Poeta comes up big as Hawks advance to Class S final
WOLCOTT — Until last weekend, the only people who had ever heard of Joe Poeta were his family, friends and a sampling of Woodland football fans. That all changed late last Saturday afternoon in the Class S semifinals.
Poeta caught the game-winning touchdown pass early in the fourth quarter and intercepted a pass with 46 seconds remaining to propel No. 4 Woodland past No. 8 Bloomfield, 30-26, and into the Class S state championship game.
The Hawks (12-2) will face No. 2 Ansonia for the title Friday at 7:05 p.m. at Central Connecticut State University’s Arute Field in New Britain
Clinging to a 30-26 lead with less than 2 minutes left, Woodland decided to punt on a fourth-and-7 at the Bloomfield 47-yard line. Jason Rodrigues boomed his kick into the end zone, setting up the Warhawks (10-3) at their own 20 with 1:31 to play.
On second down at the 26, Bloomfield quarterback Norvel Stewart scrambled to his left and threw into double coverage deep down the left side of the field. Poeta, playing as a second safety, ran behind fellow defensive back Mike Kenney and snatched the game-sealing interception.
“I was just trying not to let anybody behind me,” Poeta said. “He overthrew the receiver a little bit, and I knew I was coming down with it.”
Poeta’s interception — his first of the season — came about 7 minutes after he made the biggest catch of his career. With Woodland holding a 24-20 lead early in the fourth, Bloomfield forced a punt from near midfield. Travis Thompson muffed the punt, though, and Zack DeBrizzi recovered for Woodland at the Warhawks 11.
Two plays later, Poeta ran a streak into the left side of the end zone, where he hauled in a 12-yard strike from Tanner Kingsley to make it a 30-20 advantage with 8:06 remaining.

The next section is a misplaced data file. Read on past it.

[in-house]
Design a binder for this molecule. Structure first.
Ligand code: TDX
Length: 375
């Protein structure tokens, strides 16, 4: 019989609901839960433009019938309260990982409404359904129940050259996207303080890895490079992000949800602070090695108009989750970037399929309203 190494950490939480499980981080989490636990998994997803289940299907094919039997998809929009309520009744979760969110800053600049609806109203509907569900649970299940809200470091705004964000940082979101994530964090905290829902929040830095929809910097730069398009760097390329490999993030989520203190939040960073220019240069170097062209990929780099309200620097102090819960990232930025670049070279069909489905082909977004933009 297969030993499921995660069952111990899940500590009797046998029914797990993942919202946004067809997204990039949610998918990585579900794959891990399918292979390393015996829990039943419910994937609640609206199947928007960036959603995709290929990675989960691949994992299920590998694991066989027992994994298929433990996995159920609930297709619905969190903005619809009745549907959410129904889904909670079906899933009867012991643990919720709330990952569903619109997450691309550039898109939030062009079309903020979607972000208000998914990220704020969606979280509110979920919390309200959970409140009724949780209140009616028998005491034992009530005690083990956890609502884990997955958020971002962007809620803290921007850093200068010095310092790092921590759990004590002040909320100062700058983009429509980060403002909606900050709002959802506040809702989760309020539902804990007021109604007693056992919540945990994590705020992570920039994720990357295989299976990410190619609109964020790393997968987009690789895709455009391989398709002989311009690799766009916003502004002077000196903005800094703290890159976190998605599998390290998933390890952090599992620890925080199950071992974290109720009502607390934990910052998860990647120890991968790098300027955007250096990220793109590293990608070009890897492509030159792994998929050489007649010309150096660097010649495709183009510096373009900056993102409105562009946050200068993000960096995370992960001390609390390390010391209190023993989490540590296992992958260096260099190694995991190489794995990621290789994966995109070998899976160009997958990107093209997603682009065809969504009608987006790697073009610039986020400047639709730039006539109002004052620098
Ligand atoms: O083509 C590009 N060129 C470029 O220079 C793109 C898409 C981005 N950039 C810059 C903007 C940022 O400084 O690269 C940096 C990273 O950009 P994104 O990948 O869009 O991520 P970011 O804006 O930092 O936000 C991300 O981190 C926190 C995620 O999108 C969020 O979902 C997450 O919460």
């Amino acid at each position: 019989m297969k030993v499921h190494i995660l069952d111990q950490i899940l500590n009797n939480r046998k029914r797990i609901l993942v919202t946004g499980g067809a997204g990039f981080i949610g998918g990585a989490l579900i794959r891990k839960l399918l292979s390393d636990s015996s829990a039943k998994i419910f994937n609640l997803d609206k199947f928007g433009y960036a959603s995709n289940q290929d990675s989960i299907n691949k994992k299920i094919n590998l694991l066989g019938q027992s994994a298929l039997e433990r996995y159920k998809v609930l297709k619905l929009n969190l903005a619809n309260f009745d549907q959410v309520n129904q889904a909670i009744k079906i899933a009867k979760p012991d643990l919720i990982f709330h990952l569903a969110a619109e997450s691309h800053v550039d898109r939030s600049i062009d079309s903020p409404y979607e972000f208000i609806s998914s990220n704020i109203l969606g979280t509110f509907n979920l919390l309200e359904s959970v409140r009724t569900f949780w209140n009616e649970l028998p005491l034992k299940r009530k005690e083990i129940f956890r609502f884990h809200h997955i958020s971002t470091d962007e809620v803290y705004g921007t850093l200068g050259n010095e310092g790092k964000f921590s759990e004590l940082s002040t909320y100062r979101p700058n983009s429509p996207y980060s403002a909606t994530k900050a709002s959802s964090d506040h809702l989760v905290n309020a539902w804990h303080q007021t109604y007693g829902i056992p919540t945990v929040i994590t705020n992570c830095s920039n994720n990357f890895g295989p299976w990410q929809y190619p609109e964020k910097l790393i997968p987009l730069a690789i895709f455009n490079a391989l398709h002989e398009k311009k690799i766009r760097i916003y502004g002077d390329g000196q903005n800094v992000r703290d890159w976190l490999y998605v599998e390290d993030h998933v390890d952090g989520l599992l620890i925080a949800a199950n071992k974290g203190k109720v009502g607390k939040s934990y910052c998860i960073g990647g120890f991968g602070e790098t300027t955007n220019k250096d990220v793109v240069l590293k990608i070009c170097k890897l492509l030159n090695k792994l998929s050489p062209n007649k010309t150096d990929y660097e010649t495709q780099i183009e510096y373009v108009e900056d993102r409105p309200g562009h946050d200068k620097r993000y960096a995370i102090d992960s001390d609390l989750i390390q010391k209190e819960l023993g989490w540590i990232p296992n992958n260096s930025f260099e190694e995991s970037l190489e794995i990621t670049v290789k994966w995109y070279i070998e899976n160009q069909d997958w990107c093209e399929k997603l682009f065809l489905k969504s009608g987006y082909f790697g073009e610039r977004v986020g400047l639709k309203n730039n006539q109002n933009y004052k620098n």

“We ran a crossing pattern,” Poeta said. “Mike (Kenney) took the defender inside and there was a big hole. Tanner threw a great ball.”
“[Joe Poeta] doesn’t say much, and he doesn’t look like much when you look at him. But when he puts that helmet and jersey on, his heart grows bigger. We needed him today and he did it.” -Tim Shea, Woodland football coach
It was Kingsley’s fourth touchdown pass of the day and the 113th of his career, which made him the state’s all-time record-holder. He finished 20-of-35 passing for 258 yards and no interceptions.
“Driving down the field, I kept asking my wide receivers who wanted the record-breaking touchdown,” Kingsley said. “Everybody said they wanted it except Joe, and Joe is the one who came up with it.”
For Woodland coach Tim Shea, Poeta’s performance was the signature of the hard-working junior’s career.
“He doesn’t say much, and he doesn’t look like much when you look at him,” Shea said. “But when he puts that helmet and jersey on, his heart grows bigger. We needed him today and he did it.”
Poeta wasn’t the only player to step up for Woodland. The Hawks started without leading rusher Sean McAllen (concussion) and lost backup Coby Vaccarelli to a knee injury just before halftime. Even though Woodland took an 18-7 lead into the locker room, it was a precarious edge as the Hawks were left without an experienced runner.
Bloomfield focused its defense on taking away the passing game early in the second half and was effective until Taylor Tucciarone filled in at running back. The senior wide receiver, who caught seven passes for 109 yards and two scores in the first half, gave the Hawks a much-needed ground game and finished with 87 yards on 16 carries.
“The coaches believed in me,” Tucciarone said. “I just wanted to run the ball hard. The offensive line blocked great. They don’t get too much credit, but they were great. We have a lot of heart. If one man goes down, the next man has to step up. We never give up.”
The Warhawks narrowed the Hawks’ lead to four points three different times in the second half (18-14, 24-20 and 30-26) but never broke through despite Stewart’s 240-yard, four-touchdown effort on the ground.
Bloomfield’s best chance to turn around the game came early in the third, when the Warhawks forced Woodland into a third-and-25 at its own 22. But Kingsley found Jack Pinho on a fade at midfield to extend the drive, which eventually chewed up half the quarter and ended on Kingsley’s 2-yard touchdown sneak for a 24-14 lead.
Woodland, which won its third game in nine days, is more banged-up than any team entering the state final. But after Saturday’s victory, Shea couldn’t hide his emotions about his squad’s effort.
“All the injuries, pain and hurt aside, you can’t take away the kids’ fight, drive, determination and straight-up belief that it was their turn,” Shea said. “You can’t measure that until it happens. I’m very proud of these kids. This is something they should never, never forget.”